I’m struggling with this and I’ve come to the conclusion that it’s dependant on the album I’m listening to. Not whether I like the music or not, I really don’t think it’s a taste thing. It’s about the presentation. I can be listening to an album and the sound is incredible; full of detail, presence and emotion. It’s impossible to switch off. And then another album I’m sure I like can leave me feeling underwhelmed, cold, or even irritated by the harshness. Generally if an album sounds good it always sounds good, though not always. That said I think some albums need a bit more volume to come alive and sometimes I’m in the mood for that and sometimes I’m not. I’m coming to the conclusion that the quality of the recording is a big factor in terms of my listening enjoyment, whether that be the actual production or the reproduction.
Having spent the last few decades listening to car stereo/iphone/laptop etc this isn’t something I’m used to. Given that some music sounds amazing I don’t feel it’s the system at fault, or is it? Would warmer speakers help or would I simply be smoothing out the highs and lows? I don’t think I want to give up the highs! Would higher end speakers perhaps better suited to the source and amp be better able to deal with things or simply compound the inconsistencies through being even more revealing and even less sympathetic to recordings not to my taste.
Or am I barking up completely the wrong tree re. recordings and the problem lies elsewhere?
For reference pretty much anything by Elbow sounds superb.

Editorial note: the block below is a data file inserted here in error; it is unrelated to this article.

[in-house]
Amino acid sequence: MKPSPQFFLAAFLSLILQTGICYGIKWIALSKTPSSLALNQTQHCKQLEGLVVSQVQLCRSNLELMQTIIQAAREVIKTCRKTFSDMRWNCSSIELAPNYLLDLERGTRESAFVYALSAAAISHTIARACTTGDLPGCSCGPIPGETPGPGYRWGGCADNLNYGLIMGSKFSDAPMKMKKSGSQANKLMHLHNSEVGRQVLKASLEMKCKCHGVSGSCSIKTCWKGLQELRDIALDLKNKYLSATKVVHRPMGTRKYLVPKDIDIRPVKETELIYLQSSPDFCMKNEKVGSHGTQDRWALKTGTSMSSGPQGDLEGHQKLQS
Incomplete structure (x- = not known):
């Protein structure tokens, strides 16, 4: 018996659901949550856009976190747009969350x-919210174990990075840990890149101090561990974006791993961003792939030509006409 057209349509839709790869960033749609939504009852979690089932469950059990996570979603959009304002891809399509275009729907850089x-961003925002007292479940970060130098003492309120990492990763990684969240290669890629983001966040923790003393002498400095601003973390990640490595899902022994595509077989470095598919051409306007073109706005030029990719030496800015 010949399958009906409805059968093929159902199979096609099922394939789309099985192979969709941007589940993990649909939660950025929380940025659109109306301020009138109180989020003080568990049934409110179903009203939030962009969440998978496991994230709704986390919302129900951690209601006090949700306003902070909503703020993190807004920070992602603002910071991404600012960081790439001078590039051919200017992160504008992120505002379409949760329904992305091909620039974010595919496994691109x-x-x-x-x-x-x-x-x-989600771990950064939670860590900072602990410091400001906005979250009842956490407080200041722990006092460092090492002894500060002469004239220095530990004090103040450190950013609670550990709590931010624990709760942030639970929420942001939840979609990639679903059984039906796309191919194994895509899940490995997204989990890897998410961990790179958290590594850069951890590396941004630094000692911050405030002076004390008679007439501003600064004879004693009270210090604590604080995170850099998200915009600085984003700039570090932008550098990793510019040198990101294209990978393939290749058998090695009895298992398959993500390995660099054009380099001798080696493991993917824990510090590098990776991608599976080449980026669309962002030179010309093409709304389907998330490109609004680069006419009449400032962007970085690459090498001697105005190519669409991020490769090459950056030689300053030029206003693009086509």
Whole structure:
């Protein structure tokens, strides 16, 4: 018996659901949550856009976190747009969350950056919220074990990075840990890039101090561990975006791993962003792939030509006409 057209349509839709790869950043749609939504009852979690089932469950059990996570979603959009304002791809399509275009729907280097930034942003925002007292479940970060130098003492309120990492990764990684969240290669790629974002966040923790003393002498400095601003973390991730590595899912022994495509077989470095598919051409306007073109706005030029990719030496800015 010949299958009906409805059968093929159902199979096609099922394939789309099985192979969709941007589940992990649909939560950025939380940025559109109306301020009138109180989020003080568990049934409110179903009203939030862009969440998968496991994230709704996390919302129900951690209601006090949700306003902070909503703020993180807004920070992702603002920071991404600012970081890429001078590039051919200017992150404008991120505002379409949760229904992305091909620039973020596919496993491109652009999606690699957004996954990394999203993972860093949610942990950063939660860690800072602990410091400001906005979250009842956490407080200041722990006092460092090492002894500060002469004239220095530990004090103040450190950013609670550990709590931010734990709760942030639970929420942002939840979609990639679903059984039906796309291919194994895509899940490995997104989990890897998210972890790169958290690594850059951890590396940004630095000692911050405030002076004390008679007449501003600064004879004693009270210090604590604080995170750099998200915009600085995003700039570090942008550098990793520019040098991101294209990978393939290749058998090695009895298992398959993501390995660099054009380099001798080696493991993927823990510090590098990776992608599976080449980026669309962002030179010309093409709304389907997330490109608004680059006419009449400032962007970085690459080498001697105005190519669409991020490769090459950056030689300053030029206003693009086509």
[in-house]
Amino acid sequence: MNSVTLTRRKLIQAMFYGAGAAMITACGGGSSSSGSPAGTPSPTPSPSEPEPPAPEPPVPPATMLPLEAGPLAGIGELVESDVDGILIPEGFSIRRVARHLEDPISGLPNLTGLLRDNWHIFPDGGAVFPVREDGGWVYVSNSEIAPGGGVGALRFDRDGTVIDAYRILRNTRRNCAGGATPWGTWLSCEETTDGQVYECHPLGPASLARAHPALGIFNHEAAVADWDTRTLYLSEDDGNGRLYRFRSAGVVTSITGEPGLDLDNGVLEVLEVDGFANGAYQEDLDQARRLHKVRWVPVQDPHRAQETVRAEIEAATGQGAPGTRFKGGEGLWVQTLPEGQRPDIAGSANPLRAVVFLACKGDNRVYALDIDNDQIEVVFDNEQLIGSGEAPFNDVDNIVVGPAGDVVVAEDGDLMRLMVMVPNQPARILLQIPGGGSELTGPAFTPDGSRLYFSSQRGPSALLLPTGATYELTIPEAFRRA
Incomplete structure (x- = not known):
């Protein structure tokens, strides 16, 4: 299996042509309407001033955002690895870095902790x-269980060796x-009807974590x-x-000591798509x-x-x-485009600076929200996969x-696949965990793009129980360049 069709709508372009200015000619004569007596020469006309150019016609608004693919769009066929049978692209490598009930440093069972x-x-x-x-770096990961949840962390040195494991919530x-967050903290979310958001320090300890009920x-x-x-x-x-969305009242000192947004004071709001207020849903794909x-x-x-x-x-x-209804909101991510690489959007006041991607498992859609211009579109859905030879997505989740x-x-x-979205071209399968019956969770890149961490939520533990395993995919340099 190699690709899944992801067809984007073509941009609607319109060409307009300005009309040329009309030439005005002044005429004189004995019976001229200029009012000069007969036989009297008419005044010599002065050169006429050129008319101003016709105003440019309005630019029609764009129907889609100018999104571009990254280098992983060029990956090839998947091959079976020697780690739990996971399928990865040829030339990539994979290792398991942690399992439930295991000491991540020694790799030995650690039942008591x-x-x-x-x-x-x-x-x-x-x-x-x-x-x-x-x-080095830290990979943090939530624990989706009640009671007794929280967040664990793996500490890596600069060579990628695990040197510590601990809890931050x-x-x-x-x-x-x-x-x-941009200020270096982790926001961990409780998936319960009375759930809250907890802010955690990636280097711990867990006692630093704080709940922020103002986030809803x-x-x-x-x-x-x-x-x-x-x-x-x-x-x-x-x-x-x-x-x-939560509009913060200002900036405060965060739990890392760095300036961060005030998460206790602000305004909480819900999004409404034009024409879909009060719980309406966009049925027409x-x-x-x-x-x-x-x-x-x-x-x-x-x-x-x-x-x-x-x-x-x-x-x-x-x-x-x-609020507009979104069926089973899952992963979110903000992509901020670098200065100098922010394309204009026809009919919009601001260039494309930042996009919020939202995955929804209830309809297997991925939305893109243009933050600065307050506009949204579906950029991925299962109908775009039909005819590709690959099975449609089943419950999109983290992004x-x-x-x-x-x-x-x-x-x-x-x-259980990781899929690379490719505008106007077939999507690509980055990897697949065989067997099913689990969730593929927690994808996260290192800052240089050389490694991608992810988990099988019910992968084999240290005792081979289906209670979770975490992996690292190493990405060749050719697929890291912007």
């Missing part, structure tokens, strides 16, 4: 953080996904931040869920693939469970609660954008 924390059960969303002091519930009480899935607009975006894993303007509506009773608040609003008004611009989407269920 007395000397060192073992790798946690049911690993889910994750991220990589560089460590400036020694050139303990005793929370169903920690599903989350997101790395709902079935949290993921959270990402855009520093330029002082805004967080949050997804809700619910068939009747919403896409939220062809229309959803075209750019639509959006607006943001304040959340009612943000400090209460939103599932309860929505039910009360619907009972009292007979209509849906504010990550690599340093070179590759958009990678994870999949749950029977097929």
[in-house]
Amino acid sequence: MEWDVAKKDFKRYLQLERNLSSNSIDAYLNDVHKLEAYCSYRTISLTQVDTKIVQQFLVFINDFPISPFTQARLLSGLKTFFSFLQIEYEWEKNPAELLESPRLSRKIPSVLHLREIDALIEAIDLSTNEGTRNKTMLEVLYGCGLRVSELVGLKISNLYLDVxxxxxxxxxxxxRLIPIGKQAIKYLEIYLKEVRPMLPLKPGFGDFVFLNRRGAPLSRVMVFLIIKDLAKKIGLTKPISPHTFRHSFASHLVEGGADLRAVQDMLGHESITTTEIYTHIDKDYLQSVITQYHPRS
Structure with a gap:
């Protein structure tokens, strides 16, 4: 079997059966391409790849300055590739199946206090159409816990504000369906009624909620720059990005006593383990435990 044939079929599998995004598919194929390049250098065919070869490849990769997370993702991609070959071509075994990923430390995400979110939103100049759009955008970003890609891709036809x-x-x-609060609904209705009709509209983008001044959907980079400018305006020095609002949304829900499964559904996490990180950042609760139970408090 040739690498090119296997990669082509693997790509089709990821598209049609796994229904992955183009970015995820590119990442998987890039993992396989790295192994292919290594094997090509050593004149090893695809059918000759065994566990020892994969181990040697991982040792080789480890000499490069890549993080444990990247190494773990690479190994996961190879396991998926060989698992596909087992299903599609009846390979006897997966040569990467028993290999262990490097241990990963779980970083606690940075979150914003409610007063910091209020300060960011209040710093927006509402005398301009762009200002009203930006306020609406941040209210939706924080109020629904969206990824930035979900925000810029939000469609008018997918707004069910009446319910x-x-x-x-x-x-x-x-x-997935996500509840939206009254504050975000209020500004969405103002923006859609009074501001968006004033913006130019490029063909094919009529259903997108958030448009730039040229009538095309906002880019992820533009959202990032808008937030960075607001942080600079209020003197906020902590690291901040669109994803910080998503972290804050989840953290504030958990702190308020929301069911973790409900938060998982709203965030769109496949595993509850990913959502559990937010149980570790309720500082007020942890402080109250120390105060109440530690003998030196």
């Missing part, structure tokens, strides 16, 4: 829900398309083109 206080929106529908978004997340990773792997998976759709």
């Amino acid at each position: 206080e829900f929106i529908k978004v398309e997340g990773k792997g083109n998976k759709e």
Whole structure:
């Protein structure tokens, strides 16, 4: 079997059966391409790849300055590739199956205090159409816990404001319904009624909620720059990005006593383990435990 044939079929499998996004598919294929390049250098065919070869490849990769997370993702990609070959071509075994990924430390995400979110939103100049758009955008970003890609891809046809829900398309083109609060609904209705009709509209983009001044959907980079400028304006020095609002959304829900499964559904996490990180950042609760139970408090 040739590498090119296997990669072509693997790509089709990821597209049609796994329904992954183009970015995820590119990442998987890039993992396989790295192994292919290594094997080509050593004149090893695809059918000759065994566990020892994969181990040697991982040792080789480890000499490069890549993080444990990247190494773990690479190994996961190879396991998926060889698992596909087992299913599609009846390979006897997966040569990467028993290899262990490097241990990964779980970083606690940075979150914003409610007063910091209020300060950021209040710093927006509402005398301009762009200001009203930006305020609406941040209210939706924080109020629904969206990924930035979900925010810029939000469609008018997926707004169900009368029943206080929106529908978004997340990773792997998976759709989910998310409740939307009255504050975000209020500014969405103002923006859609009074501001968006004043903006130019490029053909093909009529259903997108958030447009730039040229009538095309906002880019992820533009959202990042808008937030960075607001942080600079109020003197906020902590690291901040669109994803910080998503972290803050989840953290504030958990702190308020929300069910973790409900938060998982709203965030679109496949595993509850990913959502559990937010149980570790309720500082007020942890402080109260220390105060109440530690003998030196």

Always been a big fan of Noel Gallagher. Not on the Naim system though. Pretty much all of his albums I know I like the music, I just don’t like the sound. It very quickly fatigues. Would listen on my car stereo album after album.
Yes it’s a problem for some types of music recordings. It probably isn’t you or your hifi equipment.
A lot of mass market productions are just rubbish. Intended to impress on a Sonos mini-speaker in the kitchen, just audible over the washing machine and the cooker hood or on a low-end car audio system competing with a “sports” exhaust or on a pair of Apple in-ear thingies with passing traffic and chatting to a mate.
But many recordings are not like that. Pick what you listen to carefully, I suggest.
It may be a matter of what you are used to, and there may be frequencies/sounds being revealed that you didn’t hear or notice previously.
I have many tapes that I recorded from radio and tv either to R2R or to cassette. I have copied these from tape-to-tape in some cases. Over recent years I have found many of the original recordings of these, from the internet. The original recordings are, of course, far better than my tapes - but in some cases I prefer the older recordings. It’s how I knew them.
Just had a quick look and on a 15 worst offenders list were four albums that have either disappointed me or not blown me away as I thought they would on my Naim system; Oasis, Green Day, Audioslave and Chilli Peppers. So there could well be something in this.